Drought Takes Its Toll On Fall Harvest

Larry Burton is a much different kind of farmer today than he was 7 years ago. Realizing tobacco was no longer a money maker, he turned his Pulaski Co. fields to pumpkin patches and corn mazes and opened it all up to field trips and tourism at Bear Wallow Farm. But this year it's been a bit rough going thanks to days of dry weather.

“Luckily we probably have enough to survive,” says Burton.

Burton's pumpkin fields don't carry nearly the harvest it did last year. A stalk that would normally have 5 or 6 pumpkins on it only has 2. And as for the hay ride, by the time you feed the animals and make a few decorations, there isn't enough left over to put in the wagons.

“We had to build benches in the hay wagons. I guess we'll call them wagon rides now. We didn't have the hay to spare,” says Burton.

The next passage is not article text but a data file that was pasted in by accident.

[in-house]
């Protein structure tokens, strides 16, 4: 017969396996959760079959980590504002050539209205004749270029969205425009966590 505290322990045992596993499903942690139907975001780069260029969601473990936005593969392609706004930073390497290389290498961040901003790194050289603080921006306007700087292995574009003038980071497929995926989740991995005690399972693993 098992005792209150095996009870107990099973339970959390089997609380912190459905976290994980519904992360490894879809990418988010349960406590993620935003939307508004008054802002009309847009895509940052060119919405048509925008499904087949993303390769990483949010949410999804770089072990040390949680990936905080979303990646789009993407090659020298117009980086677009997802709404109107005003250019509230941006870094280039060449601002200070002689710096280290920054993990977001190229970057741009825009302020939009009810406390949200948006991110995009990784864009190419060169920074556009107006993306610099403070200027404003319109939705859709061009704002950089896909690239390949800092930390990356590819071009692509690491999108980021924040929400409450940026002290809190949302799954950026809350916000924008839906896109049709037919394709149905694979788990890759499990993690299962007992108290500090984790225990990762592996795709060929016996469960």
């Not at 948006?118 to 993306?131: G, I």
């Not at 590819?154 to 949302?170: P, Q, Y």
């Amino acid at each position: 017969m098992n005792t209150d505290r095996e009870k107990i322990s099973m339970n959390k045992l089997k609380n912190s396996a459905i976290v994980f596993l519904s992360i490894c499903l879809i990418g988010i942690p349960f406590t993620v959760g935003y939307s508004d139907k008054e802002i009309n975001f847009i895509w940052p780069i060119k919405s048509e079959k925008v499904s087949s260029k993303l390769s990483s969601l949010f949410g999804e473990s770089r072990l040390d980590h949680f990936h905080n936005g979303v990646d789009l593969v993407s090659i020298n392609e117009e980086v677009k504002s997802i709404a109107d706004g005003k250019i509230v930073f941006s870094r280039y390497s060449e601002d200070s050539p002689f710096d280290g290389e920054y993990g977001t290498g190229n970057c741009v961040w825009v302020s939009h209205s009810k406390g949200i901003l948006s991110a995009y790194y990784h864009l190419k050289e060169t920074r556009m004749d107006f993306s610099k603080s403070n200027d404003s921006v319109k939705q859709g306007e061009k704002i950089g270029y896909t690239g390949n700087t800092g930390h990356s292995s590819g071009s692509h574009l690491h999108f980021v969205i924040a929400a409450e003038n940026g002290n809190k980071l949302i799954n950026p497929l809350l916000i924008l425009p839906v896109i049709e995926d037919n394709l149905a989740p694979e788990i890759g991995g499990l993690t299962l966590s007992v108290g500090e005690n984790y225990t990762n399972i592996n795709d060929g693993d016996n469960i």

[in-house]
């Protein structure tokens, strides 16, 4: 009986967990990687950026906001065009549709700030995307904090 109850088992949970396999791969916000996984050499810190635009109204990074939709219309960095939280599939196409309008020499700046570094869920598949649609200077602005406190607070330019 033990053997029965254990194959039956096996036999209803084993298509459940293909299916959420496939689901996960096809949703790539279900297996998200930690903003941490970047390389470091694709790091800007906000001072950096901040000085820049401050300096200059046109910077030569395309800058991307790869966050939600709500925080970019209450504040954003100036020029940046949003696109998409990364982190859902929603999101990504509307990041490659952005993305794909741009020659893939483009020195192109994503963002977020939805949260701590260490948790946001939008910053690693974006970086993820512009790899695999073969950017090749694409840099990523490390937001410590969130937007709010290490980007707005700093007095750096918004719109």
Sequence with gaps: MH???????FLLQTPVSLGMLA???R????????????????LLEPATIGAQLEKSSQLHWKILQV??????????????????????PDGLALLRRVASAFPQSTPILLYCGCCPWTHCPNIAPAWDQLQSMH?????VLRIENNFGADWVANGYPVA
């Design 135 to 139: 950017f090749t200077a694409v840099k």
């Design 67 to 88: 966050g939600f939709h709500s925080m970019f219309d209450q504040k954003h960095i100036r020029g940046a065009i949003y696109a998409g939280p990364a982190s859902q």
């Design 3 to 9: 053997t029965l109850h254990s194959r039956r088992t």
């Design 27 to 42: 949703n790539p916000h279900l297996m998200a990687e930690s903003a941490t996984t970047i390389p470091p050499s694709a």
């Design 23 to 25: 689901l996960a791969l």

And just a ways down Hwy 80, there's Haney's Appledale Farm. Only this year you might be hard pressed to find the abundant fruit crop Mark and his brother Don grew last year.

It's been a double whammy for the Haneys. First a late spring freeze killed 100 percent of the peach crop and most of the apples. The apples that survived the freeze and the drought show their struggle in their small size. You can still buy apples at their market but you can't pick them yourself.

“We've always had u-pick on our farm. A tradition for 30 years. But this is not the year for it,” says Mark Haney.

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